How to install LDAP on CentOS 7

How to install LDAP on CentOS 7
How to install LDAP on CentOS 7
In this tutorial, we will teach you how to install LDAP on CentOS 7. Check out Our Best

What is LDAP client

LDAP is short for Lightweight Directory Access Protocol, it is an open, vendor-neutral, industry standard application protocol which helps access and maintains any distributed directory information services over an Internet Protocol (IP) network. LDAP is used to store any type of information and it is generally used as one component of a centralized authentication system.  

Installing LDAP on CentOS 7

Installing and configuring an OpenLDAP server on CentOS 7 is a simple task, follow the instructions below and you should get it installed in less than 10 minutes.

Step 1: Updating the System

Before you start installing any new software, you need to update your system packages to the latest available versions.
# yum update

Step 2: Installing OpenLDAP

Now, you have to install the packages OpenLDAP needs for its functionality.
# yum -y install openldap compat-openldap openldap-clients openldap-servers openldap-servers-sql openldap-devel

Next, you need to initiate and enable it on boot.
# systemctl start slapd.service

# systemctl enable slapd.service
  Execute the ‘slappasswd’ command to set a LDAP root password and save the output since we will be requiring it to configure OpenLDAP.
# slappasswd

Configuring OpenLDAP server

You can now start configuring the OpenLDAP server. First, create a couple of LDIF files and then execute the ‘ldapmodify’ command to deploy the configuration to the server. The files are going to be stored in ‘/etc/openldap/slapd.d’ which should not be modified manually.

OlcSuffix Variable

The ‘db.ldif’ file is going to update the ‘olcSuffix’ variable and will append the distinguished name to queries which will be passed to the backend database. After this, it will configure the domain name and your LDAP server to provide account information as well as updating the ‘olcRootDN’ variable which specifies the root distinguished name user which will have administrator access to the LDAP server.

Main Domain

Our domain is going to be ‘‘ and written within the ‘dbldif’ file. It should be like this: ‘dc=field,dc=dreamvps,dc=com’ and our root distinguished name is ‘cn=ldapadm,dc=field,dc=dreamvps,dc=com’.

Step 3: Configuring OpenLDAP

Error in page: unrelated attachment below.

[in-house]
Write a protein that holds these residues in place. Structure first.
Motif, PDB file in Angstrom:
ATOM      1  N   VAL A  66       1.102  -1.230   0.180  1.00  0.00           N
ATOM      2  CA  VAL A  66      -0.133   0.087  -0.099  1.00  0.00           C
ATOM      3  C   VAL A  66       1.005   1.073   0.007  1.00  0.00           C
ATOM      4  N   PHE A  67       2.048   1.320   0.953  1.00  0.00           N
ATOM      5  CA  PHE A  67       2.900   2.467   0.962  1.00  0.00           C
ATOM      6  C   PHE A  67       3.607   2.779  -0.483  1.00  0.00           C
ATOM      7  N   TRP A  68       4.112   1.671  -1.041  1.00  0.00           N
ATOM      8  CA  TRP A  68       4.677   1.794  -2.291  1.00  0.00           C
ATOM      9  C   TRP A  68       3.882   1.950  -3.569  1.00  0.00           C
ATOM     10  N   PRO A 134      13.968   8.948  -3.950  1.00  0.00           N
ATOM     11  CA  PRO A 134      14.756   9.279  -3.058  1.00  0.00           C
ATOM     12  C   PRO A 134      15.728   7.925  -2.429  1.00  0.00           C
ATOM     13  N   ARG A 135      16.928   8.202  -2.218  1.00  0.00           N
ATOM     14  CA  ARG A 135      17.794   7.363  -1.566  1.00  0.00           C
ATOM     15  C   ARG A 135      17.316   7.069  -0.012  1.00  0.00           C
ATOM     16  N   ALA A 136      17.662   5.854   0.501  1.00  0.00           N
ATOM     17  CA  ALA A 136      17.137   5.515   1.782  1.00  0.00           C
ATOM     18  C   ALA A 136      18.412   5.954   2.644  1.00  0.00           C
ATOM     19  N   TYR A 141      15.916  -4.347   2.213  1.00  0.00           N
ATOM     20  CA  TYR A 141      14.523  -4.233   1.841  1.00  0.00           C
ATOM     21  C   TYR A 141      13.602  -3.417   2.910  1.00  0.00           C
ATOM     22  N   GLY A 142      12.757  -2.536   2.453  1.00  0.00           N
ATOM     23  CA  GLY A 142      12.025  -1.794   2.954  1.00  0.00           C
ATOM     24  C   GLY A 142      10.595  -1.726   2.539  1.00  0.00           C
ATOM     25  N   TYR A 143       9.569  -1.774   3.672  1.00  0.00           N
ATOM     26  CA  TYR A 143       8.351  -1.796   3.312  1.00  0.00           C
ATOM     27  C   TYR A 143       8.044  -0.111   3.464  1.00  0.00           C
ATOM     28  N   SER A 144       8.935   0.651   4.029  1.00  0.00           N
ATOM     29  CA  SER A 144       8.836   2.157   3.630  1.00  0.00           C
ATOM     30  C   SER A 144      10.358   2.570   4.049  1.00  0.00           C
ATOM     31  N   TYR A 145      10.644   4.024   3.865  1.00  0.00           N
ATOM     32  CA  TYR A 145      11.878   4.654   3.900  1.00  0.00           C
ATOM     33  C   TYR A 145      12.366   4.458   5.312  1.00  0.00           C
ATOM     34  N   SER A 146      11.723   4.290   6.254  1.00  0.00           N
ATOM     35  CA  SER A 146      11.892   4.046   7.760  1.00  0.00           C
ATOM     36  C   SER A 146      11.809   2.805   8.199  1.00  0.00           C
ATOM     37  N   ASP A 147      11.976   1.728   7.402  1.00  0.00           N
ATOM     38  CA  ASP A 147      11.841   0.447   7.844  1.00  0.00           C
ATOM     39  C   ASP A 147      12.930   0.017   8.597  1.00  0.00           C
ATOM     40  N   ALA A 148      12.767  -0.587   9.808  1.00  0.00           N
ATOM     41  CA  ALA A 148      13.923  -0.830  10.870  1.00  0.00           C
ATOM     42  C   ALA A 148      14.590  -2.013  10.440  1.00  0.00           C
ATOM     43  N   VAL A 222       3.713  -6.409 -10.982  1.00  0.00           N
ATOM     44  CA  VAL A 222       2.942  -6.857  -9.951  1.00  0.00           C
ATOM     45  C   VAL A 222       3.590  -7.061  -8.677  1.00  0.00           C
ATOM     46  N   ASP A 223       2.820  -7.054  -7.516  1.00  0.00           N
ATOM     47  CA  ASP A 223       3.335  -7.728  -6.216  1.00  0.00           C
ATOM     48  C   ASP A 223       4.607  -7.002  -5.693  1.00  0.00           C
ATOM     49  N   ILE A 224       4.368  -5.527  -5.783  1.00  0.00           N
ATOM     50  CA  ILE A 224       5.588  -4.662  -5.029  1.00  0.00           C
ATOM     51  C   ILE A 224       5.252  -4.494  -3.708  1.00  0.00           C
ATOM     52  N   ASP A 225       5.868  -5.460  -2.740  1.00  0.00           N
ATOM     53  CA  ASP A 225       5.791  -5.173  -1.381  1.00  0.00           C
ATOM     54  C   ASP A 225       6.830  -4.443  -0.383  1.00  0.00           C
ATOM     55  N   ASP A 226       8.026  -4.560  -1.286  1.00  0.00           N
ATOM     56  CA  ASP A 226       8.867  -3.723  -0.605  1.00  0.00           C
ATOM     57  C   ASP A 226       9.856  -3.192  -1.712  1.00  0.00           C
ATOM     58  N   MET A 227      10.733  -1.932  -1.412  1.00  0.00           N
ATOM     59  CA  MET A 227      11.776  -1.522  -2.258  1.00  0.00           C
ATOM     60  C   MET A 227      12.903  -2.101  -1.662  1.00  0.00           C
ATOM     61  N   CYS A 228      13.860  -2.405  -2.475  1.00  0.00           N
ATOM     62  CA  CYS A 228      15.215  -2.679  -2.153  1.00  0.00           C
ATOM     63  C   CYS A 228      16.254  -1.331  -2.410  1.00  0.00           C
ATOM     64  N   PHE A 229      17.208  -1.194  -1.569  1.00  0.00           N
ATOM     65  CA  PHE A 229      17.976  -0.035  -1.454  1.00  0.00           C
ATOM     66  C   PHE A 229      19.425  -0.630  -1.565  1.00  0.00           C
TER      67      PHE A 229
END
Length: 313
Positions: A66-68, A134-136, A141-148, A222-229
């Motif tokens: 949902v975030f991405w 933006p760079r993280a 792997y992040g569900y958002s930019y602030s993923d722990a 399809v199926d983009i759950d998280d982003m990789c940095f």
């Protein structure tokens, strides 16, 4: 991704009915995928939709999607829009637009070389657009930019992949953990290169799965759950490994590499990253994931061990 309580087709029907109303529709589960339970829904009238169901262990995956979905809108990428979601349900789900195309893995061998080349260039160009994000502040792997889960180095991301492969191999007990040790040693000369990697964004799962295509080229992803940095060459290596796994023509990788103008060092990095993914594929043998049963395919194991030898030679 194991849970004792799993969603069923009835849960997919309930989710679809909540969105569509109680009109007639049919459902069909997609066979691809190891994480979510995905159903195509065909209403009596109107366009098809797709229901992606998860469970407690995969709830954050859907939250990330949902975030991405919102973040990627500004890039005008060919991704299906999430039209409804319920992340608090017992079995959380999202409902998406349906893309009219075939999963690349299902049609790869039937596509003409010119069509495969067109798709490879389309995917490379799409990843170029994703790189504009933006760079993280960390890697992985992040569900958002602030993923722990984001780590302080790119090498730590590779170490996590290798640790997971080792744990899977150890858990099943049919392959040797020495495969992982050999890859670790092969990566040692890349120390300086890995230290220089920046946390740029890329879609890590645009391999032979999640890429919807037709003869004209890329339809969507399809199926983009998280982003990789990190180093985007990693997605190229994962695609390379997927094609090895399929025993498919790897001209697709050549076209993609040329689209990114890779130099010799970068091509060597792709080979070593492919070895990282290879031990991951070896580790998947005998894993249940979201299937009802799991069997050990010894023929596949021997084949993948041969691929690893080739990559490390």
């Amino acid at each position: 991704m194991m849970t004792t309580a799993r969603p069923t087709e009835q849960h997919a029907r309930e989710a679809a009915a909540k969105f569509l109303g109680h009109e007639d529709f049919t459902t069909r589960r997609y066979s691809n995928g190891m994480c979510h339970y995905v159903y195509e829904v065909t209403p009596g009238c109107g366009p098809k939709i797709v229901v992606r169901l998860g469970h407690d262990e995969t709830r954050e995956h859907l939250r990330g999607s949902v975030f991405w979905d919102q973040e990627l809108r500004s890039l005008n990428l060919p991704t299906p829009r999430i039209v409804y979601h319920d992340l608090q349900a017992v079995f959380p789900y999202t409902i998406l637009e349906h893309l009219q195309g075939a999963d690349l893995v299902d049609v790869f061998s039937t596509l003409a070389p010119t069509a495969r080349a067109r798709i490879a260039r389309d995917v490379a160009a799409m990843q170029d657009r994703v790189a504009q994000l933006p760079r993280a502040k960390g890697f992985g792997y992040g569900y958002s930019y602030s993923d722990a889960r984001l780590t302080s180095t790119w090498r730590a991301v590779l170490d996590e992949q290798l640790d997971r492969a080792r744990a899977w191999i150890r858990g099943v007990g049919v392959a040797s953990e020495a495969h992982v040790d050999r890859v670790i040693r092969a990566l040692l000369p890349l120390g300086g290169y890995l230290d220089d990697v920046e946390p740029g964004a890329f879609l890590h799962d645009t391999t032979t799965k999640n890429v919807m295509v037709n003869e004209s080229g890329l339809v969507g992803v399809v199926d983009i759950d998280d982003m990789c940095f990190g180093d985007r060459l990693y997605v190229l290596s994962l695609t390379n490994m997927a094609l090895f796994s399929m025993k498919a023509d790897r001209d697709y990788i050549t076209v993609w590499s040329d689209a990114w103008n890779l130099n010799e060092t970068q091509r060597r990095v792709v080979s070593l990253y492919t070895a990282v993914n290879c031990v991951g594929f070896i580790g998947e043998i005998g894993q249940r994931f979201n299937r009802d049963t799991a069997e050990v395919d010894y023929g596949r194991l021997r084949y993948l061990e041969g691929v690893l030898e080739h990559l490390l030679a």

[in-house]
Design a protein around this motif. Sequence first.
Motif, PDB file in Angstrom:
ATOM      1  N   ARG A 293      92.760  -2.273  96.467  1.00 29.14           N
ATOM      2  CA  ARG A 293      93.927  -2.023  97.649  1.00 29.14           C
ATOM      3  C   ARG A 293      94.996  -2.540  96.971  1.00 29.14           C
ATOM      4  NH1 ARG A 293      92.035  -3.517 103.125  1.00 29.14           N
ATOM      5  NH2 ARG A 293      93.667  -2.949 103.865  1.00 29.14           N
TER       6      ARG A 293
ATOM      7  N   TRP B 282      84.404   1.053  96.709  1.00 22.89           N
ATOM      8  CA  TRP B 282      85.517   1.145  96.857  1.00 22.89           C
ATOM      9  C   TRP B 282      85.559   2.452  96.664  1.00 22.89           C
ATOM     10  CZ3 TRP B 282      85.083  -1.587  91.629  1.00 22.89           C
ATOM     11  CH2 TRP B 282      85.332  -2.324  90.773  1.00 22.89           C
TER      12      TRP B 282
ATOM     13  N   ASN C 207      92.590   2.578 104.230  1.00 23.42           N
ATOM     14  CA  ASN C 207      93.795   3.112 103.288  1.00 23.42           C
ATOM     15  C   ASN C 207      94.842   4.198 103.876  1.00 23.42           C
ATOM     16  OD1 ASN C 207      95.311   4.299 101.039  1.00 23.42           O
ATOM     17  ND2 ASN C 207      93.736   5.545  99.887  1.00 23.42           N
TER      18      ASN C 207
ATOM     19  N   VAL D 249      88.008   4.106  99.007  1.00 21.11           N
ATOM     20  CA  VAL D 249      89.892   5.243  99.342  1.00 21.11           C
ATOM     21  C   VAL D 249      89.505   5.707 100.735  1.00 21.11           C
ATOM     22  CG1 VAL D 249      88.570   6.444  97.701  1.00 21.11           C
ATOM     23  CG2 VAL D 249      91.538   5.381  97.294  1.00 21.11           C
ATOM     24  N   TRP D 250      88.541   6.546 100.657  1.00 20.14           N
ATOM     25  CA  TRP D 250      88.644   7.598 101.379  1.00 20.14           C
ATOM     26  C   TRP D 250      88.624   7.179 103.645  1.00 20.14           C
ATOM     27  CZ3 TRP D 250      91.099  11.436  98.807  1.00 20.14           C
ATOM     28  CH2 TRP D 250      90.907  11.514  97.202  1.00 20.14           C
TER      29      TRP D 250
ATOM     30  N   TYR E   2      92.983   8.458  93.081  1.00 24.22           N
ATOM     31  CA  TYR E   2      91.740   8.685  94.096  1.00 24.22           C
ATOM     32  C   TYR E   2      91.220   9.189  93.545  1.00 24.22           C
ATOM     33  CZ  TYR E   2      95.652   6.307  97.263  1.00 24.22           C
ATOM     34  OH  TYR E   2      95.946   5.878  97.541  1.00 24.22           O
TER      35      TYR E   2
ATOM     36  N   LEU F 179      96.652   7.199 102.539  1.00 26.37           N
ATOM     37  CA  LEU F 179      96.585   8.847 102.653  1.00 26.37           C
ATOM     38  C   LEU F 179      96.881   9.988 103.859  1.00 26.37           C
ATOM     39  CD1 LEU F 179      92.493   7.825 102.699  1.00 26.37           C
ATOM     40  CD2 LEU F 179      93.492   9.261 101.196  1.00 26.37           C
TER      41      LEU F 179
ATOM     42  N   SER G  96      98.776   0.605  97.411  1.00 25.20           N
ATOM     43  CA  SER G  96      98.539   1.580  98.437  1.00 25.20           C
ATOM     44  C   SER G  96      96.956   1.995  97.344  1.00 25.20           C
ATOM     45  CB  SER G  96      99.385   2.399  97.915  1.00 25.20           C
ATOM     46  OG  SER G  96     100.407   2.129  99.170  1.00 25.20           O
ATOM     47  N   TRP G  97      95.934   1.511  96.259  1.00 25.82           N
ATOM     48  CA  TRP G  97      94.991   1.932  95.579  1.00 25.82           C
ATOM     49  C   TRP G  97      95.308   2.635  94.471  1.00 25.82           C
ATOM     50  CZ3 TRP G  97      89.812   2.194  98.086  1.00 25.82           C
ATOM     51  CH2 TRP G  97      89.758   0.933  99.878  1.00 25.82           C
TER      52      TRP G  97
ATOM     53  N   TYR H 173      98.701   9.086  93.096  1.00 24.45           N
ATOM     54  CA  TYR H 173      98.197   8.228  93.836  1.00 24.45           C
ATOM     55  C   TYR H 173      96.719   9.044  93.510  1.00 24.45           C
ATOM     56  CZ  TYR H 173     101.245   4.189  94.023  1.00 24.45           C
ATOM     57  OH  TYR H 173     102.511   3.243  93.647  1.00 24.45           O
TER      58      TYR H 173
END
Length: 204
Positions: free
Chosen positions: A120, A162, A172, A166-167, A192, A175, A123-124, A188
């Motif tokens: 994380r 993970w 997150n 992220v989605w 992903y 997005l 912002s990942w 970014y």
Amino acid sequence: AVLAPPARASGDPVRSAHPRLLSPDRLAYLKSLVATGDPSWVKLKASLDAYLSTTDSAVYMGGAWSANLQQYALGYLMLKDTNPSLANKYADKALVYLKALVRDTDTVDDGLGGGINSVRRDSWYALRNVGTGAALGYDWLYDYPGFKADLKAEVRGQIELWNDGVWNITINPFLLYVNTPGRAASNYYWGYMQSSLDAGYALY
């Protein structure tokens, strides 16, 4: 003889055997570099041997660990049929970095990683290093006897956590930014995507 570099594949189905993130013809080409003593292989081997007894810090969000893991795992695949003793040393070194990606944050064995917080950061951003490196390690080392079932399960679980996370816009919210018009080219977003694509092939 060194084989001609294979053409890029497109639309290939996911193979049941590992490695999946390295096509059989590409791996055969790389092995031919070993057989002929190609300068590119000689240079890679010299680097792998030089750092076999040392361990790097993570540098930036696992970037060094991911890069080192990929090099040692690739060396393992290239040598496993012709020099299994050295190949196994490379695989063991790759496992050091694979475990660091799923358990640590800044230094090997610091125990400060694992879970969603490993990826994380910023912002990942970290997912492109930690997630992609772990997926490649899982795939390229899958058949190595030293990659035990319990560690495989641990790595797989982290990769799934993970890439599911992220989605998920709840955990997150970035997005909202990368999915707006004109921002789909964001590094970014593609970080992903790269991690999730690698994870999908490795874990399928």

Create the ‘db.ldif’ file with nano or a text editor of your preference and enter in the content below in.
# nano db.ldif

dn: olcDatabase={2}hdb,cn=config

changetype: modify

replace: olcSuffix

olcSuffix: dc=field,dc=dreamvps,dc=com

dn: olcDatabase={2}hdb,cn=config

changetype: modify

replace: olcRootDN

olcRootDN: cn=ldapadm,dc=field,dc=dreamvps,dc=com

dn: olcDatabase={2}hdb,cn=config

changetype: modify

replace: olcRootPW

olcRootPW: hashed_output_from_the_slappasswd_command
  Next, deploy the configuration with ldapmodify.
# ldapmodify -Y EXTERNAL -H ldapi:/// -f db.ldif
  Now restrict monitor access only to the ldapadm user.
# nano monitor.ldif

dn: olcDatabase={1}monitor,cn=config

changetype: modify

replace: olcAccess

olcAccess: {0}to * by dn.base="gidNumber=0+uidNumber=0,cn=peercred,cn=external, cn=auth" read by dn.base="cn=ldapadm,dc=field,dc=dreamvps,dc=com" read by * none
  Deploy the configuration change once more.
# ldapmodify -Y EXTERNAL -H ldapi:/// -f monitor.ldif
  You have to generate a certificate and a private key so that you can communicate securely with the OPenLDAP server.  Run the following command to do it.
openssl req -new -x509 -nodes -out \

/etc/openldap/certs/ \

-keyout /etc/openldap/certs/ \

-days 365
  Now change the owner and group permissions so OpenLDAP is able to read the files.
# chown -R ldap:ldap /etc/openldap/certs
  Next, you will have to create ‘certs.ldif’ to configure OpenLDAP to use the LDAPS protocol.
# nano certs.ldif

dn: cn=config

changetype: modify

replace: olcTLSCertificateFile

olcTLSCertificateFile: /etc/openldap/certs/

dn: cn=config

changetype: modify

replace: olcTLSCertificateKeyFile

olcTLSCertificateKeyFile: /etc/openldap/certs/
  We may now deploy the configuration again.
# ldapmodify -Y EXTERNAL -H ldapi:/// -f certs.ldif
  Now try out the configuration by executing the command below.
# slaptest -u

Step 4: Setting up the OpenLDAP database

You may now set up the LDAP database, begin by copying the sample database configuration file to ‘/var/lib/ldap’ and replacing the file permissions.
# cp /usr/share/openldap-servers/DB_CONFIG.example /var/lib/ldap/DB_CONFIG

# chown -R ldap:ldap /var/lib/ldap
  Append the LDAP schemas.
# ldapadd -Y EXTERNAL -H ldapi:/// -f /etc/openldap/schema/cosine.ldif

# ldapadd -Y EXTERNAL -H ldapi:/// -f /etc/openldap/schema/nis.ldif

# ldapadd -Y EXTERNAL -H ldapi:/// -f /etc/openldap/schema/inetorgperson.ldif
  Now make the ‘base.ldif’ file for your domain.
# nano base.ldif

dn: dc=field,dc=dreamvps,dc=com

dc: field

objectClass: top

objectClass: domain

dn: cn=ldapadm,dc=field,dc=dreamvps,dc=com

objectClass: organizationalRole

cn: ldapadm

description: LDAP Manager

dn: ou=People,dc=field,dc=dreamvps,dc=com

objectClass: organizationalUnit

ou: People

dn: ou=Group,dc=field,dc=dreamvps,dc=com

objectClass: organizationalUnit

ou: Group
  You now need to deploy those configuration changes to the OpenLDAP by using the ldapadm user:
# ldapadd -x -W -D "cn=ldapadm,dc=field,dc=linuxhostsupport,dc=com" -f base.ldif
  Put in the root password once prompted. If you want to add users, it is simpler to append them using a GUI; we suggest using Apache Directory Studio or JXplorer for this. This is it, LDAP should now be installed on your CentOS 7 VPS. And one more thing Also, here are a few hand-picked guides that must read next:
  1. How to install SquirrelMail on CentOS 7
  2. How to Rebuild a Corrupted RPM Database in CentOS
Updated on 11 Sep 2018
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